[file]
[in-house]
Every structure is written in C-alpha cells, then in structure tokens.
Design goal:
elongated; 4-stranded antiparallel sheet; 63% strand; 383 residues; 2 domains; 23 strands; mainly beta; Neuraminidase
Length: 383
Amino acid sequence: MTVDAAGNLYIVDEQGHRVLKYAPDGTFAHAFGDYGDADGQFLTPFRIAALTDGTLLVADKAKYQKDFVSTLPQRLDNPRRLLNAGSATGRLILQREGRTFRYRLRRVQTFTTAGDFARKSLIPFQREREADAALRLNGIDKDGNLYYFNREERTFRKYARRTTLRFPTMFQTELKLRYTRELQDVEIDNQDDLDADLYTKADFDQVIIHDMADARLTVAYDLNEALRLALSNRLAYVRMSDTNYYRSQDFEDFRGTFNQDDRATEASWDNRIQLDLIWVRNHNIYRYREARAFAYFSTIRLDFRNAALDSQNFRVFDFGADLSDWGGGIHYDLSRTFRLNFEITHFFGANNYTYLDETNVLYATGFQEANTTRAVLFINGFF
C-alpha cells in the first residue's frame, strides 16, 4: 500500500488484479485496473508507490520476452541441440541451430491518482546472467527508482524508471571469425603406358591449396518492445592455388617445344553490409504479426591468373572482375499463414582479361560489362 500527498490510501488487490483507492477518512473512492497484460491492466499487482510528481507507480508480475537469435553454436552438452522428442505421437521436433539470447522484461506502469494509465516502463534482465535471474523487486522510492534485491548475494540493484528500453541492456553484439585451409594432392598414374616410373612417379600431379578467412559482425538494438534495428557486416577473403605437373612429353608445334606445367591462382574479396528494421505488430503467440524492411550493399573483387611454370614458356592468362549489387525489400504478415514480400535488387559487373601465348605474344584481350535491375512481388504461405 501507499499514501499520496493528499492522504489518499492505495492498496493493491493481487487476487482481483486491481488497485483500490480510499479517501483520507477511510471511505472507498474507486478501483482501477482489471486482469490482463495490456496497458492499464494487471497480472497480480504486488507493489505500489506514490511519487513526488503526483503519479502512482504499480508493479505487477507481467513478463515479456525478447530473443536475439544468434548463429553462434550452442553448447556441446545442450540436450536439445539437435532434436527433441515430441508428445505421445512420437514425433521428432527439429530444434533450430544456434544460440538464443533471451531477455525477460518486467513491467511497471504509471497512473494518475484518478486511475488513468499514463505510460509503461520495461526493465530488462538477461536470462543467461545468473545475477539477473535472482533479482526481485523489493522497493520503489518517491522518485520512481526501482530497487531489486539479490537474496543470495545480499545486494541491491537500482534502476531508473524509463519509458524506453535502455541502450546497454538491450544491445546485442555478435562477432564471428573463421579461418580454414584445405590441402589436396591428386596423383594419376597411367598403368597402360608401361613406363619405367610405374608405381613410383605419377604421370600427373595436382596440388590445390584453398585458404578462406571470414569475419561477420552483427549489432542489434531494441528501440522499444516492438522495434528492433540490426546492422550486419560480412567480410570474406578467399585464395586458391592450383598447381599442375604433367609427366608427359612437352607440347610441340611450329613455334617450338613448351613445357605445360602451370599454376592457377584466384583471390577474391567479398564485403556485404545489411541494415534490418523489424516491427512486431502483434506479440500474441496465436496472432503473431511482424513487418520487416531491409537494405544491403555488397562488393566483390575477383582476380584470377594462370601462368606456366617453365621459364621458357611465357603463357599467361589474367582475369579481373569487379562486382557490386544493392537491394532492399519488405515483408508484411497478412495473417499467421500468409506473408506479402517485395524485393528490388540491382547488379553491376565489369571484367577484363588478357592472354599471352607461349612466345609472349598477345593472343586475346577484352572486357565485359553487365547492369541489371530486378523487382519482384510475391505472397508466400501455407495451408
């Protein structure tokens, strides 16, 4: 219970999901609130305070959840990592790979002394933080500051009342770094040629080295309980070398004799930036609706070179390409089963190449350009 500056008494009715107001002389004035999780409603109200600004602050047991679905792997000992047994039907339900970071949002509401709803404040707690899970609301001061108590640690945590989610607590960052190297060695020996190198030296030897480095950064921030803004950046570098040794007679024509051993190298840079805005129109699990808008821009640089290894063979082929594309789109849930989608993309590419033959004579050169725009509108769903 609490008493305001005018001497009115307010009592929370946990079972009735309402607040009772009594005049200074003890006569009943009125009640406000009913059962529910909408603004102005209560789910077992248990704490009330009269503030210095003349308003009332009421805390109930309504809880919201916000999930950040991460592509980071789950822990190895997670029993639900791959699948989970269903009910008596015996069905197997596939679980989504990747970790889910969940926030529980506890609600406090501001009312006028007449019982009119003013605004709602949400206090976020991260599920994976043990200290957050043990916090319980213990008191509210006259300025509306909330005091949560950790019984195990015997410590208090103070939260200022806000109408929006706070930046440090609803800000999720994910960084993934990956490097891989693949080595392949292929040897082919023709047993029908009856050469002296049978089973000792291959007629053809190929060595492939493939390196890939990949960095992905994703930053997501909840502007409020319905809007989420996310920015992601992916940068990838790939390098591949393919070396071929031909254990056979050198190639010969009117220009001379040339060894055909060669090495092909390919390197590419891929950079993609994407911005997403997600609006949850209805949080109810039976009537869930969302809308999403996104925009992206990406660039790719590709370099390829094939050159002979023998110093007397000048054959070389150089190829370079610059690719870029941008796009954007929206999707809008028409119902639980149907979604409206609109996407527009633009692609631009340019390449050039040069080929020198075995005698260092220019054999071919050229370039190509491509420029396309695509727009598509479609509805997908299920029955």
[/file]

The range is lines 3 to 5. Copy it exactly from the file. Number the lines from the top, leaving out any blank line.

Design goal:
elongated; 4-stranded antiparallel sheet; 63% strand; 383 residues; 2 domains; 23 strands; mainly beta; Neuraminidase
Length: 383